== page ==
We are serious about achieving conven

tional arms reductions as well. And that's of our planet—both are critical issues. But as always, questions of war and peace must

why we tabled new proposals just last be paramount to the United Nations.

Thursday at the Conventional Forces in We must move forward to limit and

Europe negotiations in Vienna, proposals eliminate weapons of mass destruction. Five

that demonstrate our commitment to act years ago, at the United Nations Confer- rapidly to ease military tensions in Europe ence on Disarmament in Geneva, I present- and move the nations of that continent one ed a United States draft treaty outlawing step closer to their common destiny-a chemical weapons. Since then, progress has Europe whole and free. been made; but time is running out. The And the United States is convinced that threat is growing. More than 20 nations open and innovative measures can move now possess chemical weapons or the capa- disarmament forward and also ease internability to produce them. And these horrible tional tensions. And that's the idea behind weapons are now finding their way into re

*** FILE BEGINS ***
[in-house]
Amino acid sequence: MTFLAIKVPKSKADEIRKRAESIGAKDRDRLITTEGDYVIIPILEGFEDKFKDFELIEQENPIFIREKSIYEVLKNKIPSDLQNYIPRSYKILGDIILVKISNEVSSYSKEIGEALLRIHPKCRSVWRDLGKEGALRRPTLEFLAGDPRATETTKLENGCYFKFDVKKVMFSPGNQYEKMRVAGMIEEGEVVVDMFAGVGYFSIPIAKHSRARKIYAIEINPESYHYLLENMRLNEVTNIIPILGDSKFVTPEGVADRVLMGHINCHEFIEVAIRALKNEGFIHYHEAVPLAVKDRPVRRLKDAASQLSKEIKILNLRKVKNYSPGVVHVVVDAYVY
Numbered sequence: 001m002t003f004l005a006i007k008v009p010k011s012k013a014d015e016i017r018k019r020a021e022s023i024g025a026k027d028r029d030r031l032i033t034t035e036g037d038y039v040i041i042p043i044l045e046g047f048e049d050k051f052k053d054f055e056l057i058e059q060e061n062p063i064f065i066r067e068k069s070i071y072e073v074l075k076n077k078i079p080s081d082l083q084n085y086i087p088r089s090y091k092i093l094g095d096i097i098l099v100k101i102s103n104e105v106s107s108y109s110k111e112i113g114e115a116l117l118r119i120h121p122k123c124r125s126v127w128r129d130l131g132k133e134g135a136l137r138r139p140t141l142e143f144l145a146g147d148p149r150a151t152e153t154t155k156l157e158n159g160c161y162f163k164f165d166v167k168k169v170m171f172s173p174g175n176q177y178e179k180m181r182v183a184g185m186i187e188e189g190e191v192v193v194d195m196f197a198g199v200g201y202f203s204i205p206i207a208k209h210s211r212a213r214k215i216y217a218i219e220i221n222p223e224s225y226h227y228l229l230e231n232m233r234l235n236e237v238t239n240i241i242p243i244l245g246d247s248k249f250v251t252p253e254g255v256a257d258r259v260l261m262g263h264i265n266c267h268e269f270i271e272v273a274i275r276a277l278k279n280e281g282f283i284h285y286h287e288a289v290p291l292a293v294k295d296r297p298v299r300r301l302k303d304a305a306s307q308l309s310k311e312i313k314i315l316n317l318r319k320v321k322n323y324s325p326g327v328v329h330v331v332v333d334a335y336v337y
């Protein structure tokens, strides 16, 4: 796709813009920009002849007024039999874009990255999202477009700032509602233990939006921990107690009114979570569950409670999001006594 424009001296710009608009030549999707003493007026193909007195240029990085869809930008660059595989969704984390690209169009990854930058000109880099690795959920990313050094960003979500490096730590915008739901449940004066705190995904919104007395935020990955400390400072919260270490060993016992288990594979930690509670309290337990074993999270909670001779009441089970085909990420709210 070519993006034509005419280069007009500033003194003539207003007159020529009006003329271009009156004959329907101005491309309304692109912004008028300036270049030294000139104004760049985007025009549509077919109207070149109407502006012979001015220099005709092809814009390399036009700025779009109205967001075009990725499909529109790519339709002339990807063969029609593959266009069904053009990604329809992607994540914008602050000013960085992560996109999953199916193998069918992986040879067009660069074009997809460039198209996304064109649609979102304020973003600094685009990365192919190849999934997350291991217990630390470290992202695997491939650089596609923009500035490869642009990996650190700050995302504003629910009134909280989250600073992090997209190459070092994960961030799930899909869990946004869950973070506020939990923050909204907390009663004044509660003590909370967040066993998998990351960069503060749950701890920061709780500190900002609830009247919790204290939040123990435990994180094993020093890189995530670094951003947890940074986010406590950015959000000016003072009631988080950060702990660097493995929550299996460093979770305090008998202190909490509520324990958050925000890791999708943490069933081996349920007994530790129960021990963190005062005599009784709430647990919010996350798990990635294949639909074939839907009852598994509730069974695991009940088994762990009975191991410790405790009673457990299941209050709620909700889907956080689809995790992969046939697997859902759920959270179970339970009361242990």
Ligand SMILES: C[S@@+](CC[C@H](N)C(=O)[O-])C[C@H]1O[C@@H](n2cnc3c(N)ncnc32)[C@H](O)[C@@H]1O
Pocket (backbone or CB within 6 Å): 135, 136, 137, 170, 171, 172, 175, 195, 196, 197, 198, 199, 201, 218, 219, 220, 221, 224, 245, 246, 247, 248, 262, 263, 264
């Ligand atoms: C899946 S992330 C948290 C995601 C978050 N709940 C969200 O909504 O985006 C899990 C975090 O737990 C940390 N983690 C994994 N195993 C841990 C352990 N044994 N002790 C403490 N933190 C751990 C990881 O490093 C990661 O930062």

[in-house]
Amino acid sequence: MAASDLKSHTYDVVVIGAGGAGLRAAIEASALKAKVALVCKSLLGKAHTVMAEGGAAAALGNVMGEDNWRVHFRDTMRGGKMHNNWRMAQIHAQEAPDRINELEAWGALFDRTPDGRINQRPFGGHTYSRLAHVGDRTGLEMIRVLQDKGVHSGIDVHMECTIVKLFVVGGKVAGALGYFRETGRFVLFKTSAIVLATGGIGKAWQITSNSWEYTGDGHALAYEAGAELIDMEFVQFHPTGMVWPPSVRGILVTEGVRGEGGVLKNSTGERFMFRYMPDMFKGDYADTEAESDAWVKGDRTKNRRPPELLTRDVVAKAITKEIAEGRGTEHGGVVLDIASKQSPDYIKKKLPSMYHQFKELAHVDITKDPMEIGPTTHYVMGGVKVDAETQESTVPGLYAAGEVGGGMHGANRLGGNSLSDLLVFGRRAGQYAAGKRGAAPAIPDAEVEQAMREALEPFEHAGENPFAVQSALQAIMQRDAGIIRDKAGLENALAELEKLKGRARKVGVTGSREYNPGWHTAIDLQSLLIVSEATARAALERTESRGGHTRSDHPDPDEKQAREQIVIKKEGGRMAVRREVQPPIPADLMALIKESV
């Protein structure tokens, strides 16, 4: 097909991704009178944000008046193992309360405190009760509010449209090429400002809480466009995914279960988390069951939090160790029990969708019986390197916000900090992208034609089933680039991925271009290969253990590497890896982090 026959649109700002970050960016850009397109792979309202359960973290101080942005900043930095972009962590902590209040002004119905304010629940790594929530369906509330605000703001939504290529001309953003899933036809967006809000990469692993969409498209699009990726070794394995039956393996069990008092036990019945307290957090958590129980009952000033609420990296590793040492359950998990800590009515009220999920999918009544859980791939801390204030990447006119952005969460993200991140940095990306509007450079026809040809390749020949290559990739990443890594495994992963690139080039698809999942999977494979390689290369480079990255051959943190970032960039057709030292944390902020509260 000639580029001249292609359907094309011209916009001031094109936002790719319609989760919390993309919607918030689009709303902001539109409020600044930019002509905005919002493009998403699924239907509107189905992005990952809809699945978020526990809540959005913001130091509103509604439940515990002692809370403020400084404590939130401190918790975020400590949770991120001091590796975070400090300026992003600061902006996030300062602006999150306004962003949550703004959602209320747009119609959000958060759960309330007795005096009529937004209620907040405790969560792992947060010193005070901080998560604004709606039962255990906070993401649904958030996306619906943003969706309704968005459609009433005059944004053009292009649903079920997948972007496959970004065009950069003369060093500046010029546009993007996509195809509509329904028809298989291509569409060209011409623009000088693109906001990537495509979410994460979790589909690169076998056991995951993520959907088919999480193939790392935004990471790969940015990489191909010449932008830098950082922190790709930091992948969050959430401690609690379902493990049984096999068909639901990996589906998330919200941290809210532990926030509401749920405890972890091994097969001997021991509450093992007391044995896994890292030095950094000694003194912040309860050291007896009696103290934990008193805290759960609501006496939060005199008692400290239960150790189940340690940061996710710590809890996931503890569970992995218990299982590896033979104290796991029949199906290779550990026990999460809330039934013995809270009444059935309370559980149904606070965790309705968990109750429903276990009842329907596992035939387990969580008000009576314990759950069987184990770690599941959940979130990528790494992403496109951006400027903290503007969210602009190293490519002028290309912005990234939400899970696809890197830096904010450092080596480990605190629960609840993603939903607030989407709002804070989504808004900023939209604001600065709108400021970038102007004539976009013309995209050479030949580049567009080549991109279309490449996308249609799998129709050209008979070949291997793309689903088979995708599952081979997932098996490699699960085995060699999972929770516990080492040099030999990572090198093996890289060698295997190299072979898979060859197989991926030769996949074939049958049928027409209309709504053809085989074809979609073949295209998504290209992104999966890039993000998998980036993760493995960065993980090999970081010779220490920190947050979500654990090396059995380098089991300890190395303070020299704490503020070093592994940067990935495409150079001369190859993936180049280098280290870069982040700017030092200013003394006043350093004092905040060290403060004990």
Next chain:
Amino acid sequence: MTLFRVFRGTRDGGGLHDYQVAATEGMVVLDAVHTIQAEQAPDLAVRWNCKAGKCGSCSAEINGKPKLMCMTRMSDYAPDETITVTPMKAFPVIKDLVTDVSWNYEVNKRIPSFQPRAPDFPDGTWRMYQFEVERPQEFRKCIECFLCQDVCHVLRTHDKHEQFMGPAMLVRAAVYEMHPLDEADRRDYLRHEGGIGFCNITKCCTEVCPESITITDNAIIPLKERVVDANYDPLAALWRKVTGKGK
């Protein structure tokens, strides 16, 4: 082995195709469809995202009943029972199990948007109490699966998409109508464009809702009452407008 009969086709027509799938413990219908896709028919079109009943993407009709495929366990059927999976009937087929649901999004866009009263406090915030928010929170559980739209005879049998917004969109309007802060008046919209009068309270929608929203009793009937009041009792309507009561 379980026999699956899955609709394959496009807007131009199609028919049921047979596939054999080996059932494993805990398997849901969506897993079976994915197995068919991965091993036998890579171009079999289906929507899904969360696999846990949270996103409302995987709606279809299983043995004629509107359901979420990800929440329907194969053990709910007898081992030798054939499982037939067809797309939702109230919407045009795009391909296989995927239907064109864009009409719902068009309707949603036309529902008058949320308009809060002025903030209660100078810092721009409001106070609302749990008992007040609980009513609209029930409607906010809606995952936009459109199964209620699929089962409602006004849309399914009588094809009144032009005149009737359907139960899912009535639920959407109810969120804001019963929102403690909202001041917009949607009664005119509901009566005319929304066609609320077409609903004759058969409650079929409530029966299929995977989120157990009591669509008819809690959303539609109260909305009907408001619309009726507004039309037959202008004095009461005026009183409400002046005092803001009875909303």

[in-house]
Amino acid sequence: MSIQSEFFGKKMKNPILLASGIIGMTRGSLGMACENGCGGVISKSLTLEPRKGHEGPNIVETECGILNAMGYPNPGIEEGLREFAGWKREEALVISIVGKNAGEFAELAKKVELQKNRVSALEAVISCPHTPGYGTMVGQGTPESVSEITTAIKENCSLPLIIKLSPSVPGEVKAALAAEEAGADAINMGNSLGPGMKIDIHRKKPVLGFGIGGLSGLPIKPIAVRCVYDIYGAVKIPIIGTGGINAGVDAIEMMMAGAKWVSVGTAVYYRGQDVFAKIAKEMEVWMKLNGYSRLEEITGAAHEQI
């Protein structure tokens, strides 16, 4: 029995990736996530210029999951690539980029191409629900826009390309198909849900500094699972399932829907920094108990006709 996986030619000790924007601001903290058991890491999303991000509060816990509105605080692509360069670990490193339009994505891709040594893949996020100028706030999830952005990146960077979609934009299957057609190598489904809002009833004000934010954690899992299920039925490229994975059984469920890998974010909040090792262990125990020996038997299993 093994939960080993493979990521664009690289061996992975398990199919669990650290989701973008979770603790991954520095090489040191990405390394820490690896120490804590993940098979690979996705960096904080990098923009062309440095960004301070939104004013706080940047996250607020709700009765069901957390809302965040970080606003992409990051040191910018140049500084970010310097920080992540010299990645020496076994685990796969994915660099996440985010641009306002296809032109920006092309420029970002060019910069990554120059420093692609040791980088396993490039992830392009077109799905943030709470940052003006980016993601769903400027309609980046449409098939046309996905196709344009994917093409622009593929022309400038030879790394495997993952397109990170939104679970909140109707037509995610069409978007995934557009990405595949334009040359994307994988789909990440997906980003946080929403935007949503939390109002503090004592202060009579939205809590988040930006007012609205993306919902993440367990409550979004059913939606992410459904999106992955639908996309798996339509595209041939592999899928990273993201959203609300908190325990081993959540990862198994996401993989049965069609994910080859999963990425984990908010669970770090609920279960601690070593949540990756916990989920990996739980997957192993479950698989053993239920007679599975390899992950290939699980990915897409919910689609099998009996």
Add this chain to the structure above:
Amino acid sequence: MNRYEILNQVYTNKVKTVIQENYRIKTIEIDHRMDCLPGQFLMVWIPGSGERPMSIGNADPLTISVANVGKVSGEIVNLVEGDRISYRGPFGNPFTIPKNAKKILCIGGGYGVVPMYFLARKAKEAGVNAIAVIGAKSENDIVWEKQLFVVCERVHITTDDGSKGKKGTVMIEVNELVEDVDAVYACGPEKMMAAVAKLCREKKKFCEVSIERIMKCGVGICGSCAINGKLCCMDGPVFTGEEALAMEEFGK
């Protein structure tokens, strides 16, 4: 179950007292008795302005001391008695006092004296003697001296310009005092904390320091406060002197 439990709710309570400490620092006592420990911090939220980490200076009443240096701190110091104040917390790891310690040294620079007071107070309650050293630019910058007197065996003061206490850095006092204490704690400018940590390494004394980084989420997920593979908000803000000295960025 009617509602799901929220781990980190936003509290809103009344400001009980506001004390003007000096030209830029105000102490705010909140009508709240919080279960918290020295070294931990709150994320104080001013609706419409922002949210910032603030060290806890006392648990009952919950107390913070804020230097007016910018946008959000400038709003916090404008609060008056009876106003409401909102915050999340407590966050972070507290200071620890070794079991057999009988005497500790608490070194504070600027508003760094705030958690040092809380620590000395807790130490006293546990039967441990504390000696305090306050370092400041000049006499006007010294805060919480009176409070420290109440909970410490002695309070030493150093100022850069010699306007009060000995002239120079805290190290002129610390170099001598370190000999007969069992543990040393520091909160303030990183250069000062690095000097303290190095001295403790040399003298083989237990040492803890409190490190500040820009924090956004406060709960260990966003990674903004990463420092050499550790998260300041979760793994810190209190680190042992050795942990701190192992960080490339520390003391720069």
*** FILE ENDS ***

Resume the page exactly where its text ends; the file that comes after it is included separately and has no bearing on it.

the open skies proposal about which the gional conflicts. This is simply unacceptable. Soviets have now expressed a positive attiFor the sake of mankind, we must halt and tude. It's the idea behind the open lands reverse this threat.

proposal permitting, for the first time ever, Today I want to announce steps that the

free travel for all Soviet and American dipUnited States is ready to take, steps to rid

lomats throughout each other's countries. the world of these truly terrible weapons,

Openness is the enemy of mistrust. And towards a treaty that will ban-eliminate

every step towards a more open world is a all chemical weapons from the Earth 10

step toward the new world we seek. years from the day it is signed. This initia

Let me make this comment on our meettive contains three major elements. First, in the first 8 years of a chemical

ings with the distinguished Foreign Minister

of the Soviet Union, Mr. Shevardnadze, weapons treaty, the U.S. is ready to destroy nearly all—98 percent of our chemical